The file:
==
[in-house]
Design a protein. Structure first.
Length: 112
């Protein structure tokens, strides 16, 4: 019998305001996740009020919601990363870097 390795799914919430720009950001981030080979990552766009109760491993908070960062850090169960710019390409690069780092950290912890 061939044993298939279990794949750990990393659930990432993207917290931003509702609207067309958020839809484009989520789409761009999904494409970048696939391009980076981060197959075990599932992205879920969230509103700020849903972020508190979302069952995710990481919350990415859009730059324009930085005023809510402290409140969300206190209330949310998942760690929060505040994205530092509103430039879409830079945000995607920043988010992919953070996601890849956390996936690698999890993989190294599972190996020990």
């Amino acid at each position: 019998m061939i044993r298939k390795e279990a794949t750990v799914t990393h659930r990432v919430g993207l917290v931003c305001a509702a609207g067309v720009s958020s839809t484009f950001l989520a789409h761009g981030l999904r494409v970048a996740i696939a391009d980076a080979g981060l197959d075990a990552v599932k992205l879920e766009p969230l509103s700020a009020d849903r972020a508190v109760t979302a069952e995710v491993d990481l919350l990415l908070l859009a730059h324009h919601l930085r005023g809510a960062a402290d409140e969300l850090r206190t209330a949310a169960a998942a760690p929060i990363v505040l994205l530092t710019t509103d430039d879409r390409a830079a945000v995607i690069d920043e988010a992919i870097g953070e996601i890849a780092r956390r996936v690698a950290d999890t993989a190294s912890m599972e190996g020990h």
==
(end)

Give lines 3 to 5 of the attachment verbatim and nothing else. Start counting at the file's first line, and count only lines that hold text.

Length: 112
């Protein structure tokens, strides 16, 4: 019998305001996740009020919601990363870097 390795799914919430720009950001981030080979990552766009109760491993908070960062850090169960710019390409690069780092950290912890 061939044993298939279990794949750990990393659930990432993207917290931003509702609207067309958020839809484009989520789409761009999904494409970048696939391009980076981060197959075990599932992205879920969230509103700020849903972020508190979302069952995710990481919350990415859009730059324009930085005023809510402290409140969300206190209330949310998942760690929060505040994205530092509103430039879409830079945000995607920043988010992919953070996601890849956390996936690698999890993989190294599972190996020990």
């Amino acid at each position: 019998m061939i044993r298939k390795e279990a794949t750990v799914t990393h659930r990432v919430g993207l917290v931003c305001a509702a609207g067309v720009s958020s839809t484009f950001l989520a789409h761009g981030l999904r494409v970048a996740i696939a391009d980076a080979g981060l197959d075990a990552v599932k992205l879920e766009p969230l509103s700020a009020d849903r972020a508190v109760t979302a069952e995710v491993d990481l919350l990415l908070l859009a730059h324009h919601l930085r005023g809510a960062a402290d409140e969300l850090r206190t209330a949310a169960a998942a760690p929060i990363v505040l994205l530092t710019t509103d430039d879409r390409a830079a945000v995607i690069d920043e988010a992919i870097g953070e996601i890849a780092r956390r996936v690698a950290d999890t993989a190294s912890m599972e190996g020990h």